I spent the last few days taking advantage of the beautiful, cool weather to do some much-needed yard work before the heat and humidity build and even mowing becomes onerous. After clipping the privet hedge at the back of the house, I tackled the "flower beds". I put that in quotes because the series of renters that occupied the house before I bought it obviously weren’t into gardening and the only plants left in the beds are some of those that thrive on neglect.
One bed, and the biggest pain-in-the-ass, is bounded by the house, the front walk, and the driveway. The only thing growing in it is a thick mat of common periwinkle (Vinca minor). Periwinkle is a great ground cover. The stems grow horizontally and root at every node, which are about an inch apart. It is great for erosion control on banks and for shady areas where nothing else will grow. Unfortunately as soon as it encounters a vertical surface, like my brick foundation and vinyl siding, it climbs it faster than a monkey on meth could. After I moved in I tried to rip the periwinkle out and quickly discovered how futile that was. Every tiny stem piece left on, or in, the ground rooted and before long the bed was covered again.
Last year I took a different approach. I mowed the bed, let new tender shoots grow, and then sprayed them with Roundup. I should have known better. Roundup is an effective, and very safe, herbicide. Unlike a contact herbicide that kills only the leaves it lands on, Roundup is a systemic. It’s translocated from the leaves, through the stems, to the roots and kills the whole plant. It works great on herbaceous plants but not as great on vines with woody stems, like periwinkle. Not only was the periwinkle unfazed by this assault but I distinctly heard it say, "Feed me, Seymour!" every time I left the house.
This year I’m bringing out the big guns. I mowed the bed again, and in a couple of weeks I’ll spray it with a triclopyr-based herbicide. Triclopyr is less safe than Roundup but it’s more effective on woody vines. A few weeks after that I’ll spray again with Roundup. This combination works well on poison ivy so it should also work on periwinkle. If not, I guess Audrey and I will have to learn how to peacefully co-exist.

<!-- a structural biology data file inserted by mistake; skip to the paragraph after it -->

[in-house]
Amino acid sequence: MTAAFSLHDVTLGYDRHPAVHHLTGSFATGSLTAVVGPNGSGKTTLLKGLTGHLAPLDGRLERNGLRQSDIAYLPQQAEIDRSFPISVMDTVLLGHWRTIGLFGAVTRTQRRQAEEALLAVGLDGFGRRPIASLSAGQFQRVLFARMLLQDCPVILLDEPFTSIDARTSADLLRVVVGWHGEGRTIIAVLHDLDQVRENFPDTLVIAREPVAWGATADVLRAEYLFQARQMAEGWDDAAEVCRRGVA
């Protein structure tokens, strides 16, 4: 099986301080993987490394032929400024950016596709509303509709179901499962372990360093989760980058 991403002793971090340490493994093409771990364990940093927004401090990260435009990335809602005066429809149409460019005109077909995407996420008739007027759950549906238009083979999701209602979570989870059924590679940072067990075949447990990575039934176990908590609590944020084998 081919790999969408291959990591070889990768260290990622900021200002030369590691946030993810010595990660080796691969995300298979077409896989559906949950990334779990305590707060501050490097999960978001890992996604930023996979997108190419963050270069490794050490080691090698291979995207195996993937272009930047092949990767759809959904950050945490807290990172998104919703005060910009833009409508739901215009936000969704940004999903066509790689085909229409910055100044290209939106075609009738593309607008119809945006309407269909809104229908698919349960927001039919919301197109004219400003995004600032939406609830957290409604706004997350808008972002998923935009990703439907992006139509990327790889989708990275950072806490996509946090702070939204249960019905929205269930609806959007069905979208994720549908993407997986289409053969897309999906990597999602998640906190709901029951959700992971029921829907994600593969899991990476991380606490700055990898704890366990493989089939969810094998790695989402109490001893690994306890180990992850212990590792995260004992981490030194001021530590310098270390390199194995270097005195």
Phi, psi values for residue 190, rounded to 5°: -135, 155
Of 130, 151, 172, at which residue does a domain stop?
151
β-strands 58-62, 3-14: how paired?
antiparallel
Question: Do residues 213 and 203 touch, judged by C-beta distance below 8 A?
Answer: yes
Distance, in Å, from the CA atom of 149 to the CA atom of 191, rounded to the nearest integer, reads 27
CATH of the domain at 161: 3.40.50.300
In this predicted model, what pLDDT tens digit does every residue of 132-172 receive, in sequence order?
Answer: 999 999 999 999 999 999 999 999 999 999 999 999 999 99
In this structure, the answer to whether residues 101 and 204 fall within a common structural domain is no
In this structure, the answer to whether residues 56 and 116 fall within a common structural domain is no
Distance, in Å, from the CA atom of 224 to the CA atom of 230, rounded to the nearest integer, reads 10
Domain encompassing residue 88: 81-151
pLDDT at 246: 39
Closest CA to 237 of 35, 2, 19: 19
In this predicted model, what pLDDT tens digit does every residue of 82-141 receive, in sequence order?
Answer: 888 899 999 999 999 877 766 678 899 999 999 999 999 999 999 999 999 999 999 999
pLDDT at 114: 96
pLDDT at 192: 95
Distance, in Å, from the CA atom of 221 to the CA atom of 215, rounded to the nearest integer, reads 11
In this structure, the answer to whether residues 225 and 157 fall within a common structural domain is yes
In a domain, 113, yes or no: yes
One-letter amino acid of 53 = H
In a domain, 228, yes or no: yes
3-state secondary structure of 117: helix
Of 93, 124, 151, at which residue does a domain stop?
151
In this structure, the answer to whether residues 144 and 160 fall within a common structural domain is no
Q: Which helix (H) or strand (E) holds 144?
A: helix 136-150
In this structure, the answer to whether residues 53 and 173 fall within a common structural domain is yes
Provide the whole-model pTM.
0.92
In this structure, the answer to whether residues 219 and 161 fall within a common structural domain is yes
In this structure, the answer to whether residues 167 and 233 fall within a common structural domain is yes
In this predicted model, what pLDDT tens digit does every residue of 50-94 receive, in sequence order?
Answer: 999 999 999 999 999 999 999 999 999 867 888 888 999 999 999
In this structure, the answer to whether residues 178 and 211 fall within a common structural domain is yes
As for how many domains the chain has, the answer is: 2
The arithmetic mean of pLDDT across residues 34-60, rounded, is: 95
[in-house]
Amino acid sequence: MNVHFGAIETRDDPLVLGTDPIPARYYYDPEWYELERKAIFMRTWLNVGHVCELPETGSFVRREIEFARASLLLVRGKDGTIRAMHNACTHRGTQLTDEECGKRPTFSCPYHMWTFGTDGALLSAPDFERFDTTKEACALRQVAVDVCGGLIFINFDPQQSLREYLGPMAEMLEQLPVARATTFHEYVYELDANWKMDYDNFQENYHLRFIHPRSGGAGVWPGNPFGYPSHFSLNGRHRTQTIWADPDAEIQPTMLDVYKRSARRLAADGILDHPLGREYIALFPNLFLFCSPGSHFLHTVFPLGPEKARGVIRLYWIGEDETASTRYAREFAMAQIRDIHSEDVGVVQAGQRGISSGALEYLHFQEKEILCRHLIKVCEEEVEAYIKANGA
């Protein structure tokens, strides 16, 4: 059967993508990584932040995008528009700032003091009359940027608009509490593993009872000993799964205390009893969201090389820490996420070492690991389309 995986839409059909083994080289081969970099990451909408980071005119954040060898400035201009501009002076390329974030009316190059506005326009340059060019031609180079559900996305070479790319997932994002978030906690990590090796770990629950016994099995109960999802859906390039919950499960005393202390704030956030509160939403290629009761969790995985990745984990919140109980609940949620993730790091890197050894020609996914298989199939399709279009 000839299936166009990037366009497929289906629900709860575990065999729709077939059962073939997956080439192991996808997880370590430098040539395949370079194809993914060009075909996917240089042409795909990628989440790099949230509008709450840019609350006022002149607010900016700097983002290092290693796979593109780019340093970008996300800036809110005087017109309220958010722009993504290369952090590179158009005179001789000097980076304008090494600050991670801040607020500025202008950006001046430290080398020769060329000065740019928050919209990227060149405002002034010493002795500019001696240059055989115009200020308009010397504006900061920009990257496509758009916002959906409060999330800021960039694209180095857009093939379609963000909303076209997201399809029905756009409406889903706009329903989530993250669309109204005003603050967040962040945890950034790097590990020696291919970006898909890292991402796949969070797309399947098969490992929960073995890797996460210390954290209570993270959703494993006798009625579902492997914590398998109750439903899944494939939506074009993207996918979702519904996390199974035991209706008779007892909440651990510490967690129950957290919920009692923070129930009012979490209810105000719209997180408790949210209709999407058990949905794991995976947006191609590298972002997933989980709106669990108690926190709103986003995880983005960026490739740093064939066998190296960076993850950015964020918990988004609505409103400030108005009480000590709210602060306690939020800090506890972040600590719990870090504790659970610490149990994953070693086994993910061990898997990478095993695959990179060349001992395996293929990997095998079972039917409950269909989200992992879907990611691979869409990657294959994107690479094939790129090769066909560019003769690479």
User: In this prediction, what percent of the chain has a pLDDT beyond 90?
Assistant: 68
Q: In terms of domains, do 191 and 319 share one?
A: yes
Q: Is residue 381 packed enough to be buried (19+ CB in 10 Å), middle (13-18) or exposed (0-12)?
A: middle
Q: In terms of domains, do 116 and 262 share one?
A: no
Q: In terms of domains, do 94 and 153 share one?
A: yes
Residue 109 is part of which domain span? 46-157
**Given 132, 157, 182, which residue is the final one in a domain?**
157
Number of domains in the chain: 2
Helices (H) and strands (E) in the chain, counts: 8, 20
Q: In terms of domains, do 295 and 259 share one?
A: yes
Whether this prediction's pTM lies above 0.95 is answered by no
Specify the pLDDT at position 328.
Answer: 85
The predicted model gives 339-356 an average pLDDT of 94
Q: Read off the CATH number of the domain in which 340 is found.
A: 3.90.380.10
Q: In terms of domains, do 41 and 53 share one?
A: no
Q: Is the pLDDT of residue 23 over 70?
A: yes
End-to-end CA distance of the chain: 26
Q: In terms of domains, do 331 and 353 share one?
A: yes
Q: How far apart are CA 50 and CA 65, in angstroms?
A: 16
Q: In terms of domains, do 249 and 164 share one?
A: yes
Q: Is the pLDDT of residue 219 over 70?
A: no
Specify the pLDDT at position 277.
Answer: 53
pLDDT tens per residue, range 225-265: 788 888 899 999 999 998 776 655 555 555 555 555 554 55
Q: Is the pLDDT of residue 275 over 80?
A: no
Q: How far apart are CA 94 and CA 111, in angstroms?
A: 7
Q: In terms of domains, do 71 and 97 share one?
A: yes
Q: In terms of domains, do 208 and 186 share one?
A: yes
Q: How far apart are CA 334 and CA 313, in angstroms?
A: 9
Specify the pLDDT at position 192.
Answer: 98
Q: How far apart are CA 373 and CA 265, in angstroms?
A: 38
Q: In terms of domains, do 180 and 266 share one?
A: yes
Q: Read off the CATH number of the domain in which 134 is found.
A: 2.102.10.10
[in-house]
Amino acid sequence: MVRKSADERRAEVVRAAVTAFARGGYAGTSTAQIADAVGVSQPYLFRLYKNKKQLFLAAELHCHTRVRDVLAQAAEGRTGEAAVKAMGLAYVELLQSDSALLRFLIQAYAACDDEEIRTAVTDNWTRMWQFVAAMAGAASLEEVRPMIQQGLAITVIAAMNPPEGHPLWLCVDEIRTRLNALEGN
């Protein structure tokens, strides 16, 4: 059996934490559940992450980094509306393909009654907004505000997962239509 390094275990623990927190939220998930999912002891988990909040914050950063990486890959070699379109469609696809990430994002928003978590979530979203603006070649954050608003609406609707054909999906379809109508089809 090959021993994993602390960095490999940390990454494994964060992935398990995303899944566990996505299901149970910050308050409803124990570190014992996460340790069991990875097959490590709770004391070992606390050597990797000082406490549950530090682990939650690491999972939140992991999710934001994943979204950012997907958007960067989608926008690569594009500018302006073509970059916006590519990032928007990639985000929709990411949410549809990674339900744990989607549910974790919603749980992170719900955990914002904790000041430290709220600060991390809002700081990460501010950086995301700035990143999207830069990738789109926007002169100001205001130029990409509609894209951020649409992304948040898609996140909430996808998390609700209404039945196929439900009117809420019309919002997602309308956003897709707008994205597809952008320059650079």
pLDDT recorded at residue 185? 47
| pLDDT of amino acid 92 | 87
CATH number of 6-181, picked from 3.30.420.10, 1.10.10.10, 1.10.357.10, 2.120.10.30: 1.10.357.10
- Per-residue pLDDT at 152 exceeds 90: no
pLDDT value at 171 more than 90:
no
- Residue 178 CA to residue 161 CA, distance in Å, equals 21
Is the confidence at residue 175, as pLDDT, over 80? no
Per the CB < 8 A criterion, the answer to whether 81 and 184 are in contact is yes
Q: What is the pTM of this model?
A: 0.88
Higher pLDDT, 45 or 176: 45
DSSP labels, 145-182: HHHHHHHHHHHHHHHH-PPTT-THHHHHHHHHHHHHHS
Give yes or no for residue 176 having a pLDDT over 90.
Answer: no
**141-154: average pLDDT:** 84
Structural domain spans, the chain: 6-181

The bed on the other side of the sidewalk was easier to deal with. The bed is under several trees and gets little more than a bit of dappled sun during the day. The only things still growing in it other than weeds were 18 clumps of ratty-looking mondo grass (Ophiopogon japonicus). Mondo grass is useful as an edging plant in shady gardens but it’s boring. The light-purple flowers, on terminal racemes, are attractive but hidden by the foliage. My handy spade and I disposed of them in short order. Since I disturbed a lot of soil in the process I can expect lots of dormant weed seeds to germinate after the next rain. I’ll give the weeds a head start before whacking them. After that I’ll cover the bed with a thick layer of the southern gardener’s favorite mulch – pine straw – until I decide what to plant there next.
You have to look close to see them, but there are the remains of two flowerbeds in the backyard. One is a two-foot wide border than runs the length of the fence separating my neighbor’s yard from mine. Because it gets no sun during the day, even weeds refuse to grow in it. I’ll leave it that way. The other is a roughly semicircular bed, about 10-feet wide in the middle, under two massive (40 to 50′ tall) willow oaks (Quercus phellos). (Those are the willow oaks on the left in the photo of my backyard.) It gets no sun for most of the year and only a little sun from December to February as the oaks slowly lose their leaves. The only things growing there were 4 clumps of mondo grass and 3 clumps of Liriope spicata, which look a lot like mondo grass except that the flowers are more visible. Hello spade, goodbye plants. I won’t need to spread any pine straw on the bed. Last year’s willow oak leaves were a great, self-spreading, mulch.
The next step will be to replant the beds, or not. Since fall is the best time to plant just about everything in the southeast, I have a few months to decide what to do. Most people think that because I’m a professional horticulturist I’m good at designing gardens. They think wrong. I can describe thousands of plants to you and tell you what their cultural requirements are, but when it comes to combining them into an aesthetically pleasing whole, I don’t have a clue. As soon as I start pondering all of the variables that have to be taken into consideration – height, bloom time and color, foliage texture and color, spacing, growth rate, cultural requirements – my head explodes. Back when I was a columnist for Country Gardens I wrote, "I have the design sense of a K-Mart fashion coordinator". My editor spiked the sentence before the issue went to press, probably for legal and business reasons since K-Mart was an advertiser, but I stand by it. I’ll give the design thing my best shot over the next couple of months but in the end I’ll probably wind up hiring a garden designer who has a more vivid imagination than I have, and who can think in all 4 dimensions at the same time.